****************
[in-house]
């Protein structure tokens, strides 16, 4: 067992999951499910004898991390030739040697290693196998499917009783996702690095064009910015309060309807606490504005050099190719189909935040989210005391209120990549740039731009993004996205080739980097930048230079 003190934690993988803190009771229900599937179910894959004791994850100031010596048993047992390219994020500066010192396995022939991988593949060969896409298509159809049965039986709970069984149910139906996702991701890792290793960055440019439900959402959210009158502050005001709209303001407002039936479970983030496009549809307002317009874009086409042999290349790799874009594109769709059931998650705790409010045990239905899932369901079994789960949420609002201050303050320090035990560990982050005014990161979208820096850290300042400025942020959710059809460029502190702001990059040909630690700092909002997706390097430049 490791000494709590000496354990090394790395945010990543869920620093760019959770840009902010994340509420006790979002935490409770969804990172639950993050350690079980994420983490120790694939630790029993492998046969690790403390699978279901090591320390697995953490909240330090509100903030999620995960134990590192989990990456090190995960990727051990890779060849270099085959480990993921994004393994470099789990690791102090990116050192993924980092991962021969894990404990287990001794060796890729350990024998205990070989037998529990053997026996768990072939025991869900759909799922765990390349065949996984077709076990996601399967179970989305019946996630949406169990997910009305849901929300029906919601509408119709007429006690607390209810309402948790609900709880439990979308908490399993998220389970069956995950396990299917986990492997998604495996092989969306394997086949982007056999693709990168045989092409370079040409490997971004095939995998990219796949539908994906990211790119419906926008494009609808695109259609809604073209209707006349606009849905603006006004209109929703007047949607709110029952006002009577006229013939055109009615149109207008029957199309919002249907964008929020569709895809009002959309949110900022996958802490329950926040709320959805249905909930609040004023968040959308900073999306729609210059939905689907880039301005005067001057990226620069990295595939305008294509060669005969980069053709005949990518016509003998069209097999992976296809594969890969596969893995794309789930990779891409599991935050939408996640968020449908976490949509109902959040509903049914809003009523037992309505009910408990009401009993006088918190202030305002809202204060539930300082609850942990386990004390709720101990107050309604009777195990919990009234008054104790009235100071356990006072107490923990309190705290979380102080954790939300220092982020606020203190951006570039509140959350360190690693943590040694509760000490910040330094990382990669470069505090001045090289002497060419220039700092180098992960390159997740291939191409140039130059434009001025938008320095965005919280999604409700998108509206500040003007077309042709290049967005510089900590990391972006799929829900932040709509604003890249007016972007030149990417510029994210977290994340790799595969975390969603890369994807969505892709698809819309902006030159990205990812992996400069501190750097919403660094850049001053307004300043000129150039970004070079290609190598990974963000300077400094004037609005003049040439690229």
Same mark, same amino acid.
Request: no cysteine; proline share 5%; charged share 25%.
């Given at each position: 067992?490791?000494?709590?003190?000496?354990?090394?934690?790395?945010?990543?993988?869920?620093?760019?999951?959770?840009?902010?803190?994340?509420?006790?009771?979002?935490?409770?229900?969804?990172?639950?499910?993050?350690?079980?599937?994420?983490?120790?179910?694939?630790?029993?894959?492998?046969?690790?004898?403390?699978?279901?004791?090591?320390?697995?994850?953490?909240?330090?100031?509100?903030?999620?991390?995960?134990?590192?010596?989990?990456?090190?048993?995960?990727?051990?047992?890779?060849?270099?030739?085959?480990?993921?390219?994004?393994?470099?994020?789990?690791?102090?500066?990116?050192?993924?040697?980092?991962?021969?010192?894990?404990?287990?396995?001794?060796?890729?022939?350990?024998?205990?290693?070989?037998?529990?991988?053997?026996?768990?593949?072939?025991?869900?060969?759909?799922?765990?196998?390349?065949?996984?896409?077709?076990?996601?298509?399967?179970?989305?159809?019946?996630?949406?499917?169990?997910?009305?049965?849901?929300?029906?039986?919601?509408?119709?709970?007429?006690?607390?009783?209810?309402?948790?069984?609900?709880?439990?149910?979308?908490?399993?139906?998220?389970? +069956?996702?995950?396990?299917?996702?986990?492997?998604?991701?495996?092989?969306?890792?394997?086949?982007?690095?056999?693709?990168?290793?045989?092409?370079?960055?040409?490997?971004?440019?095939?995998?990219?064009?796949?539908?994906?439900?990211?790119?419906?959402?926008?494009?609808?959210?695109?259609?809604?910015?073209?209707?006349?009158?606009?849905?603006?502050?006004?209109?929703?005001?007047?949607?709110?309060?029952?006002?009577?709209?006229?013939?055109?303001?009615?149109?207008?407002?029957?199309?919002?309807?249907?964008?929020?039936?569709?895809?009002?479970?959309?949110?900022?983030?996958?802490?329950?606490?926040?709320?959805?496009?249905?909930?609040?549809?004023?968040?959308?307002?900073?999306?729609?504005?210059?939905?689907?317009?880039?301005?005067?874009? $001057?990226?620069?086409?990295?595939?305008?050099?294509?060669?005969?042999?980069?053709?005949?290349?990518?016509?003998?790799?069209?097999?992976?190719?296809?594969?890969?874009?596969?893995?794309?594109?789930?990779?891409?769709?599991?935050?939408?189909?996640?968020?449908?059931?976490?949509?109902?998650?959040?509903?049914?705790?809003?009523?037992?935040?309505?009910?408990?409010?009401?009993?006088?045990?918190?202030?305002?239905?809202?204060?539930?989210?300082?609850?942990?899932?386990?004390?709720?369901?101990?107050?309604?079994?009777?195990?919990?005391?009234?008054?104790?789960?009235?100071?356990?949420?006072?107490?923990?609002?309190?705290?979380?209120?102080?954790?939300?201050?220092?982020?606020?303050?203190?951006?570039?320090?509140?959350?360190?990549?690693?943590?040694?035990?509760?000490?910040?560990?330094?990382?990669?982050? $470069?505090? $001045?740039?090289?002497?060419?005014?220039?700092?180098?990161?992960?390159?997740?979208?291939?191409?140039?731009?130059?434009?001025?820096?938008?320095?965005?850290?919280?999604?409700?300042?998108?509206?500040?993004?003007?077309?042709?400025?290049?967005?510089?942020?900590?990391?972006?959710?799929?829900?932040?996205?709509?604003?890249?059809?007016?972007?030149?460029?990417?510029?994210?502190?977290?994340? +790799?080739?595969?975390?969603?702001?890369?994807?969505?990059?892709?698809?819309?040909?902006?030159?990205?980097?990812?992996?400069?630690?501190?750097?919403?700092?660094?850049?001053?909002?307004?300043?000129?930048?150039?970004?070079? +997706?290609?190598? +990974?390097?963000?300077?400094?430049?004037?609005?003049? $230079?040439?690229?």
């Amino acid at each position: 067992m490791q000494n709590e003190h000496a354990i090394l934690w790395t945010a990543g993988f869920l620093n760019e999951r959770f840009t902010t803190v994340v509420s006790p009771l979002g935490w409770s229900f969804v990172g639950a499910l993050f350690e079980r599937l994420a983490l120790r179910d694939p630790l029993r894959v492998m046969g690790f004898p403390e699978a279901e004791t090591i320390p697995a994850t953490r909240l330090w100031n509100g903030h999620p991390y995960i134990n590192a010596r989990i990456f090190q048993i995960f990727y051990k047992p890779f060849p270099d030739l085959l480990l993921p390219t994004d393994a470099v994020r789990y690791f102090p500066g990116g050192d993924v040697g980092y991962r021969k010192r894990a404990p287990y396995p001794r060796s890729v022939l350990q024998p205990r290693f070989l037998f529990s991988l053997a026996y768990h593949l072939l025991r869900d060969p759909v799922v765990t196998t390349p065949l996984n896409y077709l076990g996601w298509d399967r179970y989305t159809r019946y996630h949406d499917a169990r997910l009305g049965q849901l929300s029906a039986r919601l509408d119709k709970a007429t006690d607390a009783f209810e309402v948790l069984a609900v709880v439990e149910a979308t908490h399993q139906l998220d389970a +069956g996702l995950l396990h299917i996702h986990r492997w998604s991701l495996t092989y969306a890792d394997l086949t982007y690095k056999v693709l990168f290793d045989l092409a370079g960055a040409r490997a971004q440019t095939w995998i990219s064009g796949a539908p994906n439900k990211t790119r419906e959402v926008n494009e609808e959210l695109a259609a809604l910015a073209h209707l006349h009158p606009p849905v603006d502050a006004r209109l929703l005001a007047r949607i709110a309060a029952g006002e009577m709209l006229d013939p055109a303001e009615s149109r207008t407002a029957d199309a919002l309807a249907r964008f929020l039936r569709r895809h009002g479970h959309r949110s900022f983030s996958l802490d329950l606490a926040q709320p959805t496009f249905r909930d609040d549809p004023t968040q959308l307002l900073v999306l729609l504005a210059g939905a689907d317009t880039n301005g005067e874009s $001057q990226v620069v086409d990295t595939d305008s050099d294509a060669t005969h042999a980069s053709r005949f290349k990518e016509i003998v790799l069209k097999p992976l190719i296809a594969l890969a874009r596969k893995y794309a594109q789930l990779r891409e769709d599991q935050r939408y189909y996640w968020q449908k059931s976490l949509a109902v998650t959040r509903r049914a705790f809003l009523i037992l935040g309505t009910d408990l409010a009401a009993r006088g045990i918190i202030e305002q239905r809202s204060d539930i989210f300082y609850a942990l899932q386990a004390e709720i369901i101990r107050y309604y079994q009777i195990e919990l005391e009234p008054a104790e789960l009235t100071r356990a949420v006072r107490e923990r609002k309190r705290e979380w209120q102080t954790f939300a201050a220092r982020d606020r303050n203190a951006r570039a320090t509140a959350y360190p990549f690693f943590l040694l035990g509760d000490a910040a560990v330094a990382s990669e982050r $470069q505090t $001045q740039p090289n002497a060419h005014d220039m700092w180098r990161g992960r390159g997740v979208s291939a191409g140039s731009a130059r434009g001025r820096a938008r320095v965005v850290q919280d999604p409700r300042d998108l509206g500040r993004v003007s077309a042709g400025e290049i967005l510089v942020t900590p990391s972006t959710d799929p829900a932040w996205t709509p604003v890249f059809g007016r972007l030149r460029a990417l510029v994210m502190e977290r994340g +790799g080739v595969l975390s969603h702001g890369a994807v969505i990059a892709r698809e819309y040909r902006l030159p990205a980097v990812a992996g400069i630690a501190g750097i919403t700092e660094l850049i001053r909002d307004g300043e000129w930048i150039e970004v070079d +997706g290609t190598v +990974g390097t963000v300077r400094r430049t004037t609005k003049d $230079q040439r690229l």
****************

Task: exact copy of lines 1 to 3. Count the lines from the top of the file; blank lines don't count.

[in-house]
């Protein structure tokens, strides 16, 4: 067992999951499910004898991390030739040697290693196998499917009783996702690095064009910015309060309807606490504005050099190719189909935040989210005391209120990549740039731009993004996205080739980097930048230079 003190934690993988803190009771229900599937179910894959004791994850100031010596048993047992390219994020500066010192396995022939991988593949060969896409298509159809049965039986709970069984149910139906996702991701890792290793960055440019439900959402959210009158502050005001709209303001407002039936479970983030496009549809307002317009874009086409042999290349790799874009594109769709059931998650705790409010045990239905899932369901079994789960949420609002201050303050320090035990560990982050005014990161979208820096850290300042400025942020959710059809460029502190702001990059040909630690700092909002997706390097430049 490791000494709590000496354990090394790395945010990543869920620093760019959770840009902010994340509420006790979002935490409770969804990172639950993050350690079980994420983490120790694939630790029993492998046969690790403390699978279901090591320390697995953490909240330090509100903030999620995960134990590192989990990456090190995960990727051990890779060849270099085959480990993921994004393994470099789990690791102090990116050192993924980092991962021969894990404990287990001794060796890729350990024998205990070989037998529990053997026996768990072939025991869900759909799922765990390349065949996984077709076990996601399967179970989305019946996630949406169990997910009305849901929300029906919601509408119709007429006690607390209810309402948790609900709880439990979308908490399993998220389970069956995950396990299917986990492997998604495996092989969306394997086949982007056999693709990168045989092409370079040409490997971004095939995998990219796949539908994906990211790119419906926008494009609808695109259609809604073209209707006349606009849905603006006004209109929703007047949607709110029952006002009577006229013939055109009615149109207008029957199309919002249907964008929020569709895809009002959309949110900022996958802490329950926040709320959805249905909930609040004023968040959308900073999306729609210059939905689907880039301005005067001057990226620069990295595939305008294509060669005969980069053709005949990518016509003998069209097999992976296809594969890969596969893995794309789930990779891409599991935050939408996640968020449908976490949509109902959040509903049914809003009523037992309505009910408990009401009993006088918190202030305002809202204060539930300082609850942990386990004390709720101990107050309604009777195990919990009234008054104790009235100071356990006072107490923990309190705290979380102080954790939300220092982020606020203190951006570039509140959350360190690693943590040694509760000490910040330094990382990669470069505090001045090289002497060419220039700092180098992960390159997740291939191409140039130059434009001025938008320095965005919280999604409700998108509206500040003007077309042709290049967005510089900590990391972006799929829900932040709509604003890249007016972007030149990417510029994210977290994340790799595969975390969603890369994807969505892709698809819309902006030159990205990812992996400069501190750097919403660094850049001053307004300043000129150039970004070079290609190598990974963000300077400094004037609005003049040439690229």
Same mark, same amino acid.